It is pertinent to state that the premise for granting citizenship under CAB was very well thought out and would be a once and for all solution to the issues around partition on the eastern front. As the land boundary agreement has sorted out the issues around land and territory with Bangladesh, this CAB will also settle this issue of illegal migration and also make a correct understanding between migration of refugees and illegal immigration in the right quarters. With the notifications of September 2015, the earlier mentioned communities from the three countries were not considered as illegal migrants, and the bill would allow them the possibility of becoming citizens of India in the defined period, i.e. seven years instead of the 12 years in the existing act.
 
The PM also mentioned about the Cabinet decision to implement more closely the provisions of clause 6 of the Assam Accord of 1985 which seeks to provide protection to indigenous communities of the state and a high level committee under the chairmanship of MP Bezbaruah a well-respected bureaucrat has already been notified and this committee which with a wide mandate will look into safeguards for protection of the Assamese identity including reservation of seats in state assembly and will submit its report within six months. That way the fears that have come from many quarters in the Brahmaputra Valley is also being genuinely addressed.
 
The Central Government has also approved to move a bill in the Parliament granting ST status to six communities of Assam namely Tai Ahom, Koch Rajbongshi, Chutia, Tea Tribes, Moran and Matak. The government has waived the requirement of Cabinet approval, and the proposed bill has been introduced in the current session of Parliament. Pertinently the interests, rights & privileges of existing Scheduled Tribes of Assam would be safeguarded. A separate bill for the grant of ST status to Bodo Kacharis in hill districts of Assam and the Karbis in the rest of Assam has been initiated, and Sixth Schedule of the Constitution is also proposed to be amended to strengthen the Autonomous District Councils.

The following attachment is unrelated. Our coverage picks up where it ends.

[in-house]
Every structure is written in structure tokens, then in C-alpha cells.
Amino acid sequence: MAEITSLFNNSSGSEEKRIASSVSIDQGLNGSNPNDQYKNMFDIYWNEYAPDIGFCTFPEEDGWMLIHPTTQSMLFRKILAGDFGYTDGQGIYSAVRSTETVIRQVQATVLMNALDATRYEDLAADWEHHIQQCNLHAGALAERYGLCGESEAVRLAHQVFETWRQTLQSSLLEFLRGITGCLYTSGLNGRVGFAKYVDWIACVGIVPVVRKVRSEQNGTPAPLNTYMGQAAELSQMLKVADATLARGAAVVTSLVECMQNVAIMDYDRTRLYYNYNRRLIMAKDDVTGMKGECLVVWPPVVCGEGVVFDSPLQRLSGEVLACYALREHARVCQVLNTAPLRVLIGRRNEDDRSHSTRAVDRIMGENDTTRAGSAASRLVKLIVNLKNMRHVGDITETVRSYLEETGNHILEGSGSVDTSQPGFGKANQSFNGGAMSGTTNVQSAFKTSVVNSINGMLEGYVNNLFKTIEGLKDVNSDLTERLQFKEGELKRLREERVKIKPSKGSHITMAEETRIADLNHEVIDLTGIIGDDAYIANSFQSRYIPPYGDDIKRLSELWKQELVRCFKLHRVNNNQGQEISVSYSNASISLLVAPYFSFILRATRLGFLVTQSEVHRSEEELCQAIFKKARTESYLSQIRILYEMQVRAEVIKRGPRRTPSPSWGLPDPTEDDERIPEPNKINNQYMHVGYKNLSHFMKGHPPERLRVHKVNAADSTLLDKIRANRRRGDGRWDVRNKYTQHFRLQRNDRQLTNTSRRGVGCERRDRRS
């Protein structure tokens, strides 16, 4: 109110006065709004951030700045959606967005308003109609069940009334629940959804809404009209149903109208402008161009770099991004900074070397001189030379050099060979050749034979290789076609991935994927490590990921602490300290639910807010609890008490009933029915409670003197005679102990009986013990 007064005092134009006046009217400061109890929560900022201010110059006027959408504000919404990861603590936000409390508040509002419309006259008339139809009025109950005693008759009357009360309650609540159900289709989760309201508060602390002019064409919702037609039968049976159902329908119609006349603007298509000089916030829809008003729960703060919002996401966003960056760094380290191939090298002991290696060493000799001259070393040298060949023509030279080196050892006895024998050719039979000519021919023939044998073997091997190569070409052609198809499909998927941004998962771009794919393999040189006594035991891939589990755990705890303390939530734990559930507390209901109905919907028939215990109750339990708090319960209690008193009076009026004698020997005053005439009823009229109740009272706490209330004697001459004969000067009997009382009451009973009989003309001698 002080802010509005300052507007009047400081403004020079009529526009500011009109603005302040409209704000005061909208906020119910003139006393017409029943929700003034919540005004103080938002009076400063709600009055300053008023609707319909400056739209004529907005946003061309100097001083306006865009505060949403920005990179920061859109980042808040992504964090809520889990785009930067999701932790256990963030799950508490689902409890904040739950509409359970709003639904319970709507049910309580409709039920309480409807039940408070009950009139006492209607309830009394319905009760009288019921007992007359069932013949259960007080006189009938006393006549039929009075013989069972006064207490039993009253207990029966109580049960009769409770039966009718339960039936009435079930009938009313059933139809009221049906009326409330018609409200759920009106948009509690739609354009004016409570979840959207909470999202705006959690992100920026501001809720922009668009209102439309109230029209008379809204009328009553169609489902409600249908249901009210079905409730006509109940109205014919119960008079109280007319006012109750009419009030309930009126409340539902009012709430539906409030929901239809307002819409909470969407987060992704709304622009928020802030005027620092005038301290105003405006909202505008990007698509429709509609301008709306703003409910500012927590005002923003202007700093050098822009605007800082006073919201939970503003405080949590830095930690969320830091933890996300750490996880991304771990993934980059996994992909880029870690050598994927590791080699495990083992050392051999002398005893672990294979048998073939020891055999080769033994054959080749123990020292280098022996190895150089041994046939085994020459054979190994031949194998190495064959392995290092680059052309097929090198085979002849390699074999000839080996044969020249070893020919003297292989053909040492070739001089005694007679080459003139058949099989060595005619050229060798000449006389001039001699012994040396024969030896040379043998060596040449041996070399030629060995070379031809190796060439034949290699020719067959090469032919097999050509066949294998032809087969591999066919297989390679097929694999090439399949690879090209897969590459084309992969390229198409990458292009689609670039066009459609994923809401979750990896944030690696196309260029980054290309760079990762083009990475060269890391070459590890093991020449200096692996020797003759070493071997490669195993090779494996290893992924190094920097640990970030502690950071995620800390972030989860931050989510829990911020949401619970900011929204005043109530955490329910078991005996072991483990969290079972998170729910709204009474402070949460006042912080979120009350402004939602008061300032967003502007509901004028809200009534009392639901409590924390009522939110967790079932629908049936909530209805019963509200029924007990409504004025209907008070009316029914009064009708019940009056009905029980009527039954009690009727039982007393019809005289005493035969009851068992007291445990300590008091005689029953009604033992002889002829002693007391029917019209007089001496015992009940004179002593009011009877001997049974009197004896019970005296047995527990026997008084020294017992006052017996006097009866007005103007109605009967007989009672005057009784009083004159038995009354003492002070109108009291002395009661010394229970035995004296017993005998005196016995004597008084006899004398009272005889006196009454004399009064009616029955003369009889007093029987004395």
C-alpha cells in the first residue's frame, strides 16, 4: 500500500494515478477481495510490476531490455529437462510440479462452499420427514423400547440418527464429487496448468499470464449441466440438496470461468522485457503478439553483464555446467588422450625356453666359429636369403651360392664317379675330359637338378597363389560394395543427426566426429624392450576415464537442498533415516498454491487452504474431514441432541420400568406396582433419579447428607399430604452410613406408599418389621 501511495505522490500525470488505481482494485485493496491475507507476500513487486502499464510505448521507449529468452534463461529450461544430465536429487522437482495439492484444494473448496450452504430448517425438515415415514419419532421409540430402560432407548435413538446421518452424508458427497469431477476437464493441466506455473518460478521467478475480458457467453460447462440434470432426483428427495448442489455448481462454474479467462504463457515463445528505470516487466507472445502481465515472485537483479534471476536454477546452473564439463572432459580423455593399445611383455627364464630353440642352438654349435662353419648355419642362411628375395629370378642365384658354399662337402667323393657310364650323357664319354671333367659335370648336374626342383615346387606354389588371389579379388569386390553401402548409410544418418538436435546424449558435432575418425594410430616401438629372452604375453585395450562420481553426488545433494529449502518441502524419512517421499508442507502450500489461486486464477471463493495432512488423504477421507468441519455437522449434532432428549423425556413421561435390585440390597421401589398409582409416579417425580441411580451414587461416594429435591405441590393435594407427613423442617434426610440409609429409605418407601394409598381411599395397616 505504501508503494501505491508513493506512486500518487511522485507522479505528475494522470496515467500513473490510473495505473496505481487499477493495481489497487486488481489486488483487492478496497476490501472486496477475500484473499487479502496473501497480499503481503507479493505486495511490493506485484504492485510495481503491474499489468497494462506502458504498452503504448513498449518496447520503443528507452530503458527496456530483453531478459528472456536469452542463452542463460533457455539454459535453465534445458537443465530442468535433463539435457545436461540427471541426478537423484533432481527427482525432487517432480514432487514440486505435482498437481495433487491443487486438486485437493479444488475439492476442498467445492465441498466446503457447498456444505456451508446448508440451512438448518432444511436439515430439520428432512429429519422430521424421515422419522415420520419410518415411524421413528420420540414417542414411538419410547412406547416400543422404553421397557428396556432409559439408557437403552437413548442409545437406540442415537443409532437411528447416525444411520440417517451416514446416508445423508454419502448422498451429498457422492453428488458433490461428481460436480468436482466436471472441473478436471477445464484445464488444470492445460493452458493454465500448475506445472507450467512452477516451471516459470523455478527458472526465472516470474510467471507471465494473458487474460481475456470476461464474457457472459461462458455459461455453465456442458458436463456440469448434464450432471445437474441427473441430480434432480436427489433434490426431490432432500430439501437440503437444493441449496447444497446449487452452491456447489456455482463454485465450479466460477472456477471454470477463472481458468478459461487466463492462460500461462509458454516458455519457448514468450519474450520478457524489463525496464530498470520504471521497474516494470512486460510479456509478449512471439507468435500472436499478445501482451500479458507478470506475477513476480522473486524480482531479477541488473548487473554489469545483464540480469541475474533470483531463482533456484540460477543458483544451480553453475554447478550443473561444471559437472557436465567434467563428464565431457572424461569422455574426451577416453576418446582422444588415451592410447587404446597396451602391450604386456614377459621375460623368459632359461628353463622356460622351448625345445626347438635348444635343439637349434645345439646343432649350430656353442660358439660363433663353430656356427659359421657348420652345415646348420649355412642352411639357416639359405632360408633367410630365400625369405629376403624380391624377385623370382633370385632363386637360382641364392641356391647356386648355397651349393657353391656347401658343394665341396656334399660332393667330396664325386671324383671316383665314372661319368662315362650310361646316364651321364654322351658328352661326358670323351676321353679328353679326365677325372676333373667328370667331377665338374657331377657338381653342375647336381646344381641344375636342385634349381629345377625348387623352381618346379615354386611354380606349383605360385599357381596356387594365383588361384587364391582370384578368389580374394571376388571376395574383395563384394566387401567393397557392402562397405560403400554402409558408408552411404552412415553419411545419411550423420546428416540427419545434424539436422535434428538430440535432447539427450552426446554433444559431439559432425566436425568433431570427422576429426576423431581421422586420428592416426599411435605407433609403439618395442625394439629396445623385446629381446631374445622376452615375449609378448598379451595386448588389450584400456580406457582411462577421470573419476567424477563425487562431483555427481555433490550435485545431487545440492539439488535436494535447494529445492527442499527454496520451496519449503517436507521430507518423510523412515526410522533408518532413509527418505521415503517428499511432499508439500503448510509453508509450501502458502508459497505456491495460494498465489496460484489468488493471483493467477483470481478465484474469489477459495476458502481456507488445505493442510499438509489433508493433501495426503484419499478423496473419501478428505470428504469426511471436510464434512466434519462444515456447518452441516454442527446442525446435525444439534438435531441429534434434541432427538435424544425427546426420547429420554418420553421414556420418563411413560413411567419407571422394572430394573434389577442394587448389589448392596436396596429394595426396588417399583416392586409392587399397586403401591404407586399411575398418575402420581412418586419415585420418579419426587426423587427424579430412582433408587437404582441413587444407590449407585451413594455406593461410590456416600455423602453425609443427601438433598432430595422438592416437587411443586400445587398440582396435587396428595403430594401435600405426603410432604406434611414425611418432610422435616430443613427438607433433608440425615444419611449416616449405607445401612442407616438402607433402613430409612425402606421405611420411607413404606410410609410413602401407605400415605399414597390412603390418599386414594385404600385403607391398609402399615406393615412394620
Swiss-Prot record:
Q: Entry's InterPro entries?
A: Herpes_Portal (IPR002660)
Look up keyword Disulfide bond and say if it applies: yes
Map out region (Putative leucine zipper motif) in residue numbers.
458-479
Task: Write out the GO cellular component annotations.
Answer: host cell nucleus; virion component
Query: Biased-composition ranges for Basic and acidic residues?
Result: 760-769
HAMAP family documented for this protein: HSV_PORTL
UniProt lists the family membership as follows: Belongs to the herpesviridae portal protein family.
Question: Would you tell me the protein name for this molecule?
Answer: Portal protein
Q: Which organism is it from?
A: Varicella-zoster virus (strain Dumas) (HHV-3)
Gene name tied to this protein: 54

Assam is a multi-ethnic State with many indigenous tribes living and illegal migration over the years has changed the demographic patterns in many areas and impacting voting results in almost 30 constituencies. This has been increasing with every elections, and fear has been there among many of the communities. So some steps had to be taken to implement the Assam accord in its proper spirit and at the same time also assure that the introduction and passage of the CAB which had an all India coverage and was bond to a cut of date in the past would not become a burden for the state of Assam. Ever since the BJP-led governments have assumed offices in the Centre and State, an approach of building a better relationship with various communities has strived. Even engagements between the Brahmaputra and Barak Valleys have seen genuine efforts and as an indicator of that is the fact that the current Chief Minister Sarbananda Sonowal has visited Barak Valley 16 times in the 30 months that he has been in the seat compared to his predecessor who came only 5 times in 15 years of his rule. The economic progress of both the regions and the hill districts has been a focus area, and this has resulted in better understanding of each other’s issues at various levels although vested interests nurtured over the years often raise their heads to derail the efforts. The focus to project Assam as an investor-friendly state and a significant player in Act East policy of the union government is being supported with actions on the ground. The Advantage Assam summit in February 2018 and the supportive events leading to that event with the holding of Namami Brahmaputra and Namami Barak in 2017 have shown the clear intent of the governments.
(The writer is Director JOOKTO and works in grassroots in Barak Valley. He was former country head of General Dynamics)